StartseitePressemitteilungenWhat Is Future of Electric Bus Highways in U.S.?

What Is Future of Electric Bus Highways in U.S.?

As per the Senate Infrastructure Bill, an investment of $1.1 trillion is planned to provide financial aid to cities and states to improve the overall quality of life. Of this, $550 billion has been sanctioned for broadband, transportation, and utilities. Moreover, U.S. President Joe Biden announced an investment of $15 billion in July 2021 for enhancing the EV transportation infrastructure and procuring electric buses.

Around $7.5 billion of this $15-billion investment is planned for the electric vehicle charging infrastructure. Moreover, a grant of $7 million has already been provided to Chicago and $4 million to Minneapolis-St. Paul to add electric vehicles to their public fleets. In addition, an additional $73 billion has been allocated to upgrade the electricity grid to accommodate renewable energy.

Both private and government sectors will be facilitated through these grant and incentive programs and accelerate the deployment of a mix of fast and slow chargers in public parks, apartment buildings, and throughout communities. Anyway, the majority of the decisions for purchasing EVs are made by the government.

In Los Angeles and Seattle, for instance, transit operators have committed to the 100% conversion of conventional diesel bus fleets into electric, which would mean a demand for 3,600 electric buses combined.

The increase in the number of the electric buses will lead to the rise in the demand for charging stations. Moreover, with technological advancements in the charging technology, the demand for wireless charging systems has been rising. This technology allows OEMs to limit the weight of buses and size of batteries, thus offering higher speeds and longer ranges. Wireless chargers allow for the transmission of power through electromagnetic induction.

On-Route vs Depot-Charging Buses

The rising demand for depot-charging buses over on-route-charging buses leads to the increasing opportunities for charging station providers. There are two types of electric buses available in the U.S.: those equipped with a smaller battery, which are used on shorter routes, as they require frequent charging; and those with a larger battery, which have an extended range and are designed to charge overnight.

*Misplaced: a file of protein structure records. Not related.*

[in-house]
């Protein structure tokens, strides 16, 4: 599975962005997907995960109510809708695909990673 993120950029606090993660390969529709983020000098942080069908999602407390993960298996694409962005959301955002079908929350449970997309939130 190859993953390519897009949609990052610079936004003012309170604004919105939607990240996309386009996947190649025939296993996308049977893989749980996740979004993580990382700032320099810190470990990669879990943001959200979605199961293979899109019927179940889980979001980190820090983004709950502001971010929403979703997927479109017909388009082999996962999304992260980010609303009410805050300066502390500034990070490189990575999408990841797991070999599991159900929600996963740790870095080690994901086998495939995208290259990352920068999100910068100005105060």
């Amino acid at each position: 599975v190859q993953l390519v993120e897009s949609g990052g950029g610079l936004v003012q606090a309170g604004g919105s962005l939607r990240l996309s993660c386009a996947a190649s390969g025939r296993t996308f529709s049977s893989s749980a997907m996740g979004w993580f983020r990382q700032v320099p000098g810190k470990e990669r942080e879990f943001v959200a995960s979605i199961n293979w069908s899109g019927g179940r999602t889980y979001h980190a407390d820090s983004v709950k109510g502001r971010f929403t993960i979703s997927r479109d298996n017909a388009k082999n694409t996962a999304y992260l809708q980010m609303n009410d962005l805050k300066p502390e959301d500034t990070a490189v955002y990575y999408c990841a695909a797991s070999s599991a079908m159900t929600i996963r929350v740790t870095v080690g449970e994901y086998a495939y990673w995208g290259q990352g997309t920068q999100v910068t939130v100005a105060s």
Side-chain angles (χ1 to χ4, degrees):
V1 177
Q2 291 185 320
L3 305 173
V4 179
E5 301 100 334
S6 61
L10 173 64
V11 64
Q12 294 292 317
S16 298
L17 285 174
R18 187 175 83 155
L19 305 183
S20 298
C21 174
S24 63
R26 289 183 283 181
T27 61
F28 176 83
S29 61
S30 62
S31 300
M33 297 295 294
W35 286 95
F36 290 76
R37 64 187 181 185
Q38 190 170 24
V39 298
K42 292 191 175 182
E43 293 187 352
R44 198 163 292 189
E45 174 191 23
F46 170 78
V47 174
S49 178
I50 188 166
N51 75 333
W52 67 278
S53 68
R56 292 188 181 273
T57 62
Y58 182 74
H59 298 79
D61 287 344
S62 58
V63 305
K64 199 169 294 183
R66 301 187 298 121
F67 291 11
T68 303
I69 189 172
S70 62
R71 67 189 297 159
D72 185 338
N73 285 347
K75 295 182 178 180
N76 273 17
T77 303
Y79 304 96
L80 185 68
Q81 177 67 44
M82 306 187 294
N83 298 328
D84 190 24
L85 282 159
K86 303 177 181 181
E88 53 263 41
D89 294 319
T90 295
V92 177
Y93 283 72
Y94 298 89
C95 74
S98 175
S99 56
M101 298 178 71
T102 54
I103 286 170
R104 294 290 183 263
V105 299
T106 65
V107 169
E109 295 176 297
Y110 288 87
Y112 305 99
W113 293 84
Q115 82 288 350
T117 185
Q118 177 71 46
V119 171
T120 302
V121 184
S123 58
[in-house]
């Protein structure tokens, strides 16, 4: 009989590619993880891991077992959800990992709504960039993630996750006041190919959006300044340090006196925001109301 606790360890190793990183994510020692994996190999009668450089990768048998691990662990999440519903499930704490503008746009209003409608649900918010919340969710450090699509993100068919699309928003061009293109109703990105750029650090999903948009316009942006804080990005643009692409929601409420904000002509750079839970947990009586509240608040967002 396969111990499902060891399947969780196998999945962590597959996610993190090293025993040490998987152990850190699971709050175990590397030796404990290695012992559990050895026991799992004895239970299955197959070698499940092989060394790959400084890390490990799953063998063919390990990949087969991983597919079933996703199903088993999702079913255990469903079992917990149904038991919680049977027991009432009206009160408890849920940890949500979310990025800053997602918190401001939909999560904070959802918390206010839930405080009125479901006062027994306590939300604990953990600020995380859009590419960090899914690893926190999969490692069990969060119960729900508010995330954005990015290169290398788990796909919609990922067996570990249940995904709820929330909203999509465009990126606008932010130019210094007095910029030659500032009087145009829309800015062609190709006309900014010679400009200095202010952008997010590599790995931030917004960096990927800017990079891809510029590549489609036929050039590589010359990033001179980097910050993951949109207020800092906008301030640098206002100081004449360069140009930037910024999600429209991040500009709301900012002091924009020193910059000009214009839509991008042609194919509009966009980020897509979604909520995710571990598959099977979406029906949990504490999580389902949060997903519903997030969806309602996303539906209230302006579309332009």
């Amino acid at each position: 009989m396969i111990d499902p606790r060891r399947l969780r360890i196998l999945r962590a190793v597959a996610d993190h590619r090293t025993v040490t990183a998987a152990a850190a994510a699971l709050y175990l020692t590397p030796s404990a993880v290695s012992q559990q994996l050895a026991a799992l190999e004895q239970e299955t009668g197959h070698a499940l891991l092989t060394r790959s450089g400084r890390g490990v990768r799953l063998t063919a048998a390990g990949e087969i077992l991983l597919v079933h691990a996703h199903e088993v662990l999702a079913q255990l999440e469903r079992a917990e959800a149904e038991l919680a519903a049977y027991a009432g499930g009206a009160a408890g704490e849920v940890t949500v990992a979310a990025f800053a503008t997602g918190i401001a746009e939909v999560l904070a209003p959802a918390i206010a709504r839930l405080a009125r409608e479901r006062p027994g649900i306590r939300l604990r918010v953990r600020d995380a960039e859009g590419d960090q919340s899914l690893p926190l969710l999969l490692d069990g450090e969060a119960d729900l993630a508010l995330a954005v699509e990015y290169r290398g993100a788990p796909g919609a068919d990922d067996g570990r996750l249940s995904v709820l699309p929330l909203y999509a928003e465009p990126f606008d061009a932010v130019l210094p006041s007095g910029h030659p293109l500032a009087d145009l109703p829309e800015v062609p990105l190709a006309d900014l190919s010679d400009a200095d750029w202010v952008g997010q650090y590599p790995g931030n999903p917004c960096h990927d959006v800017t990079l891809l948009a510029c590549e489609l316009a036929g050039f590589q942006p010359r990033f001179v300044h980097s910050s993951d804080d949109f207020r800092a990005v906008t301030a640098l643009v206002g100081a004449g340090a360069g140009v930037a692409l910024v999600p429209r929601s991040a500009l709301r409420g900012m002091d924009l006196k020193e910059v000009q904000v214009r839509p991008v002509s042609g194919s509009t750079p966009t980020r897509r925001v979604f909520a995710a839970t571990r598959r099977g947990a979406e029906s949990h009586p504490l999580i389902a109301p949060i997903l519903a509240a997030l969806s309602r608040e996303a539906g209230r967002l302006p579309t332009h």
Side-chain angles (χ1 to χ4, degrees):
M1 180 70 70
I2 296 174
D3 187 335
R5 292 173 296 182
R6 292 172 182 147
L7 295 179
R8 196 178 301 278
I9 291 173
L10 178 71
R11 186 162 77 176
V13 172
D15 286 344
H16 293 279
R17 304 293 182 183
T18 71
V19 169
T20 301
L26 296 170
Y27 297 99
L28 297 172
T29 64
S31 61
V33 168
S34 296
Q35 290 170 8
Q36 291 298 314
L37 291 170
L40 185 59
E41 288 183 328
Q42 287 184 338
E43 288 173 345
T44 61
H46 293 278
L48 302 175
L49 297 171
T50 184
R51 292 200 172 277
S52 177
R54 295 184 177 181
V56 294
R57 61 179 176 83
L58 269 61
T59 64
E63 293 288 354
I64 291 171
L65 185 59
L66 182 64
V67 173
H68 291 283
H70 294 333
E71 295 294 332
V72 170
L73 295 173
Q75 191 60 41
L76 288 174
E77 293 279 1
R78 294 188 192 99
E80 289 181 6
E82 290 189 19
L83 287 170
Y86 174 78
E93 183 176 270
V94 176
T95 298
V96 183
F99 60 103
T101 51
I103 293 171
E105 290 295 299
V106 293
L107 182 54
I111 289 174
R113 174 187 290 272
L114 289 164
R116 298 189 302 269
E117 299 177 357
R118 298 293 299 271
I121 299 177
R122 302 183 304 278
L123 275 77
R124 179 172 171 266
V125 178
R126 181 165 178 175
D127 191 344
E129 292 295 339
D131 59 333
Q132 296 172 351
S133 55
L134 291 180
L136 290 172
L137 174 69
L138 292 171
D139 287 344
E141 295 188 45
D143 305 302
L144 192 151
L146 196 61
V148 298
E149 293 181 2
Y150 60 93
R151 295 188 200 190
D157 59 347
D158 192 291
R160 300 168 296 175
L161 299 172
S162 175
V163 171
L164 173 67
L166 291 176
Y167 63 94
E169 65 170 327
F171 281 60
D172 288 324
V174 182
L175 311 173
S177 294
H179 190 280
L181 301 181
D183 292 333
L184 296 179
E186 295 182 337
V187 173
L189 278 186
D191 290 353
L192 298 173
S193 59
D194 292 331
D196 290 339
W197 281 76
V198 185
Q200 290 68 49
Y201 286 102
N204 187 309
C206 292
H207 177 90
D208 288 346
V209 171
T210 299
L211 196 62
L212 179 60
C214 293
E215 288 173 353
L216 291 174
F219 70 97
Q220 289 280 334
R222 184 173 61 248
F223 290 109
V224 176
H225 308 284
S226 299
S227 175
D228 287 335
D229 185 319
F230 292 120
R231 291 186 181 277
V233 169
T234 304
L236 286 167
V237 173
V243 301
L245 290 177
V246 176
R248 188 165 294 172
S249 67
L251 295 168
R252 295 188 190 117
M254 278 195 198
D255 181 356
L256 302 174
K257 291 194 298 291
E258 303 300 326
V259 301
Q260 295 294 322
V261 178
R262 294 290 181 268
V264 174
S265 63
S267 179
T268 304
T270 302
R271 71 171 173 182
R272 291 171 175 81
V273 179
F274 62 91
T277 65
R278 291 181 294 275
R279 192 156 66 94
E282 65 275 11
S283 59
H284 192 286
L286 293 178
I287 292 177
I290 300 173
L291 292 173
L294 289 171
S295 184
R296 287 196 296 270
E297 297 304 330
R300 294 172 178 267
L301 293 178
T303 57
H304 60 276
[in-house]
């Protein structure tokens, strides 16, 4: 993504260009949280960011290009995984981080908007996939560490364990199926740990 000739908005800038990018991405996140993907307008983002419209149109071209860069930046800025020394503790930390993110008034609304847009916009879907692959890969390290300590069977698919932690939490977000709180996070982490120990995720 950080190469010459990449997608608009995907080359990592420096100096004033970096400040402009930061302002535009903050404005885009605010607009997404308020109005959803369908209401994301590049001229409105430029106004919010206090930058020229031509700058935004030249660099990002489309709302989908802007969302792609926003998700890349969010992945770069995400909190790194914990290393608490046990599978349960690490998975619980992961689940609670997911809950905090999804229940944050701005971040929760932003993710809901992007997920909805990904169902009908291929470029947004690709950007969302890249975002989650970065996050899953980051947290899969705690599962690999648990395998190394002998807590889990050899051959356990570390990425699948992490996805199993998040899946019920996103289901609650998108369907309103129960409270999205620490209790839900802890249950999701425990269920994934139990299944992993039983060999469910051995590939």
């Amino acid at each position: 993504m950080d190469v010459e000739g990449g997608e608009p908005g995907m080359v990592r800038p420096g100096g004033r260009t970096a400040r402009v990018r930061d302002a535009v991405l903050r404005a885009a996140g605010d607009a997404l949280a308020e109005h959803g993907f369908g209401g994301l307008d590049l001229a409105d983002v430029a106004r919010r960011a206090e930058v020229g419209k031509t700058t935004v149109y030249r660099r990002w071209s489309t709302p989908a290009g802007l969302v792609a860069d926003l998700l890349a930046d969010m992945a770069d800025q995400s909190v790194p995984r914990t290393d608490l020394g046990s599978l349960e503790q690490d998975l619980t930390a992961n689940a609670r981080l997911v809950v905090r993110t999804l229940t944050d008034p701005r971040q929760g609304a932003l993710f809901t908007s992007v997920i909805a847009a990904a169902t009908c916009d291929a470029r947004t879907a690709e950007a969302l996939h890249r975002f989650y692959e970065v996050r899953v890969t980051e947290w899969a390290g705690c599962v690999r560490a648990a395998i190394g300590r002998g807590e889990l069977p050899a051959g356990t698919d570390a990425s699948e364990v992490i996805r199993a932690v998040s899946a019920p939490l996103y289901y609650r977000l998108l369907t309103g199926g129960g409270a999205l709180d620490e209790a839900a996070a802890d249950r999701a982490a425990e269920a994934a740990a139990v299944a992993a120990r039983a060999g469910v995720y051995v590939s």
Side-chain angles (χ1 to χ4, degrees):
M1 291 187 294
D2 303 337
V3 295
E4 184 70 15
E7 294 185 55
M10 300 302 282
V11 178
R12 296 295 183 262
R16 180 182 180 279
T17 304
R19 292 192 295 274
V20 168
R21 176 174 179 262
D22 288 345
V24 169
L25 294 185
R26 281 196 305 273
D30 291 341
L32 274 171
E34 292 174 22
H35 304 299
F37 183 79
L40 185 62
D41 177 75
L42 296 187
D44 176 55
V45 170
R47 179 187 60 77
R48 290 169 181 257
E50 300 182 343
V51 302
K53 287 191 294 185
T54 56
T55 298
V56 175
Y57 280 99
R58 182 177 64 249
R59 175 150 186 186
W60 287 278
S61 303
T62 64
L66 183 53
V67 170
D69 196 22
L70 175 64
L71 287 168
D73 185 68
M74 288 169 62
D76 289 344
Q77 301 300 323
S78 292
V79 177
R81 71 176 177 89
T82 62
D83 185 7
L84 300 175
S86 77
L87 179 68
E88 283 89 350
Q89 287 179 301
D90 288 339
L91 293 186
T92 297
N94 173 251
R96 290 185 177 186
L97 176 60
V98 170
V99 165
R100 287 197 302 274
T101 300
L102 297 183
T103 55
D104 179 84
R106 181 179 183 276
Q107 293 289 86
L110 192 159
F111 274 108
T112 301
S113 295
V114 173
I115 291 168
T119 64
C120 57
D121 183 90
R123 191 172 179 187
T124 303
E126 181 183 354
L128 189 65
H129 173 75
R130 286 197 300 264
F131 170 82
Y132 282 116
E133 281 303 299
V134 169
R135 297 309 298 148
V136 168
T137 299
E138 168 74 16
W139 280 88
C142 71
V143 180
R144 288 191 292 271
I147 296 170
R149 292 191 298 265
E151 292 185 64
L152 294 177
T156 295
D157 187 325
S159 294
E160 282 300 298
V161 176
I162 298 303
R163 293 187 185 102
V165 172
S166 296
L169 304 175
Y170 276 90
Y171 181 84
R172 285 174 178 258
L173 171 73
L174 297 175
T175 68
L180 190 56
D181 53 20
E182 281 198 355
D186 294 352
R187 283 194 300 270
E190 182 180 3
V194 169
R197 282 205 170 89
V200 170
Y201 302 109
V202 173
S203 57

Depot charging buses normally use AC slow chargers, which take up to 8 hours for fully replenishing a battery. On the other hand, buses that charge on the route require DC fast chargers, which offer a much higher power output. Wireless inductive chargers provide another way for electric buses to charge while on the way, as they take or drop off passengers, taking energy from copper coils underneath the asphalt via EMI.

What Kind of Chargers Are Preferred by E-Bus Operators in U.S.?

Among pantograph, inductive, and plug-in chargers, plug-in variants continue to be preferred for on-route and depot charging of electric buses in the country. This is because this is the oldest charging technology; therefore, most fleet owners are comfortable with it. Moreover, pantograph and inductive charging are relatively newer technologies for electric buses, and their full potential has not been displayed yet in trials.

Therefore, the proposed Senate Infrastructure Bill will not only boost the adoption of electric buses across U.S. states but also enable local administrations to install charging stations.


The future of electric bus highways in the U.S. holds promise for sustainable transportation. As technology advances, electric buses are becoming more efficient and cost-effective, making them a viable option for cities looking to reduce emissions and improve air quality. With the support of government initiatives and growing public awareness of environmental issues, electric bus highways are poised to play a significant role in the future of transportation infrastructure in the United States.


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